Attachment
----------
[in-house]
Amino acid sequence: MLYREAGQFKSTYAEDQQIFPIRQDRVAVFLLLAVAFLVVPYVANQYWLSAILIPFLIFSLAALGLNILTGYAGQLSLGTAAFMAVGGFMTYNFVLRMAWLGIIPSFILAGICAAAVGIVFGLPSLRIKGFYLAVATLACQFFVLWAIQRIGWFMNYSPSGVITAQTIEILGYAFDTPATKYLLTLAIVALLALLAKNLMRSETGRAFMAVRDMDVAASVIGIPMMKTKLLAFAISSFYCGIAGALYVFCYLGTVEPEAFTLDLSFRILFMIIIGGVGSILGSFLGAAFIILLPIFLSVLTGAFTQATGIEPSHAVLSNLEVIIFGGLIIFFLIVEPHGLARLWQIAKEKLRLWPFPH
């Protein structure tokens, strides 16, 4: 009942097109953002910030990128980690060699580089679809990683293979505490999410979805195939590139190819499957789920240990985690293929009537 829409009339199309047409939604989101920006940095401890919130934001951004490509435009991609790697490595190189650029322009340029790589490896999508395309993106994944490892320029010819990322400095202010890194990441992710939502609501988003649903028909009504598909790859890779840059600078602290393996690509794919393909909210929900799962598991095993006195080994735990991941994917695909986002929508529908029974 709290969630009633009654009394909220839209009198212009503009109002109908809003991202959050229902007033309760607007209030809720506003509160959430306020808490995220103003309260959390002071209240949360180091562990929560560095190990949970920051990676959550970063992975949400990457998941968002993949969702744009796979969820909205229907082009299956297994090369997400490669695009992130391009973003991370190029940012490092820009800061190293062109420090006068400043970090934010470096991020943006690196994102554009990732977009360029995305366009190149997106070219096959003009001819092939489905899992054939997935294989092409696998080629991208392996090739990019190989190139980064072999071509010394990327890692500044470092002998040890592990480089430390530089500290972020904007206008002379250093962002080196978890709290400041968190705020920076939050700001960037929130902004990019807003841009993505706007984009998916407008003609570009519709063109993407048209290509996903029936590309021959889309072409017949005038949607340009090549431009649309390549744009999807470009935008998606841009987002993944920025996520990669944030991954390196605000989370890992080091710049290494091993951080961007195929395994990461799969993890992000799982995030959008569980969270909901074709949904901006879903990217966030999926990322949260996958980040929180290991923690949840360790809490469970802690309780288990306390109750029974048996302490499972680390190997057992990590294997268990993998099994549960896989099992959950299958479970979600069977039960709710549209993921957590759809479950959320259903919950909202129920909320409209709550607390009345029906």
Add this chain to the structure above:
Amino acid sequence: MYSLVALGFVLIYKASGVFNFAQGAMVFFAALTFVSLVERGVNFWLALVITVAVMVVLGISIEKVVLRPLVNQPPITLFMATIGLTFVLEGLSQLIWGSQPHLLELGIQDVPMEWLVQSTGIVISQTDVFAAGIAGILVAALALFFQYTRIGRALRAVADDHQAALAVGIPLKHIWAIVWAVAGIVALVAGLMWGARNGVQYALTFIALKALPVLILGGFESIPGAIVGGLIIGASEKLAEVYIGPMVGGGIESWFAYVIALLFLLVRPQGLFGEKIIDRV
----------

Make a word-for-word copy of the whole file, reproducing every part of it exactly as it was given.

[in-house]
Amino acid sequence: MLYREAGQFKSTYAEDQQIFPIRQDRVAVFLLLAVAFLVVPYVANQYWLSAILIPFLIFSLAALGLNILTGYAGQLSLGTAAFMAVGGFMTYNFVLRMAWLGIIPSFILAGICAAAVGIVFGLPSLRIKGFYLAVATLACQFFVLWAIQRIGWFMNYSPSGVITAQTIEILGYAFDTPATKYLLTLAIVALLALLAKNLMRSETGRAFMAVRDMDVAASVIGIPMMKTKLLAFAISSFYCGIAGALYVFCYLGTVEPEAFTLDLSFRILFMIIIGGVGSILGSFLGAAFIILLPIFLSVLTGAFTQATGIEPSHAVLSNLEVIIFGGLIIFFLIVEPHGLARLWQIAKEKLRLWPFPH
């Protein structure tokens, strides 16, 4: 009942097109953002910030990128980690060699580089679809990683293979505490999410979805195939590139190819499957789920240990985690293929009537 829409009339199309047409939604989101920006940095401890919130934001951004490509435009991609790697490595190189650029322009340029790589490896999508395309993106994944490892320029010819990322400095202010890194990441992710939502609501988003649903028909009504598909790859890779840059600078602290393996690509794919393909909210929900799962598991095993006195080994735990991941994917695909986002929508529908029974 709290969630009633009654009394909220839209009198212009503009109002109908809003991202959050229902007033309760607007209030809720506003509160959430306020808490995220103003309260959390002071209240949360180091562990929560560095190990949970920051990676959550970063992975949400990457998941968002993949969702744009796979969820909205229907082009299956297994090369997400490669695009992130391009973003991370190029940012490092820009800061190293062109420090006068400043970090934010470096991020943006690196994102554009990732977009360029995305366009190149997106070219096959003009001819092939489905899992054939997935294989092409696998080629991208392996090739990019190989190139980064072999071509010394990327890692500044470092002998040890592990480089430390530089500290972020904007206008002379250093962002080196978890709290400041968190705020920076939050700001960037929130902004990019807003841009993505706007984009998916407008003609570009519709063109993407048209290509996903029936590309021959889309072409017949005038949607340009090549431009649309390549744009999807470009935008998606841009987002993944920025996520990669944030991954390196605000989370890992080091710049290494091993951080961007195929395994990461799969993890992000799982995030959008569980969270909901074709949904901006879903990217966030999926990322949260996958980040929180290991923690949840360790809490469970802690309780288990306390109750029974048996302490499972680390190997057992990590294997268990993998099994549960896989099992959950299958479970979600069977039960709710549209993921957590759809479950959320259903919950909202129920909320409209709550607390009345029906």
Add this chain to the structure above:
Amino acid sequence: MYSLVALGFVLIYKASGVFNFAQGAMVFFAALTFVSLVERGVNFWLALVITVAVMVVLGISIEKVVLRPLVNQPPITLFMATIGLTFVLEGLSQLIWGSQPHLLELGIQDVPMEWLVQSTGIVISQTDVFAAGIAGILVAALALFFQYTRIGRALRAVADDHQAALAVGIPLKHIWAIVWAVAGIVALVAGLMWGARNGVQYALTFIALKALPVLILGGFESIPGAIVGGLIIGASEKLAEVYIGPMVGGGIESWFAYVIALLFLLVRPQGLFGEKIIDRV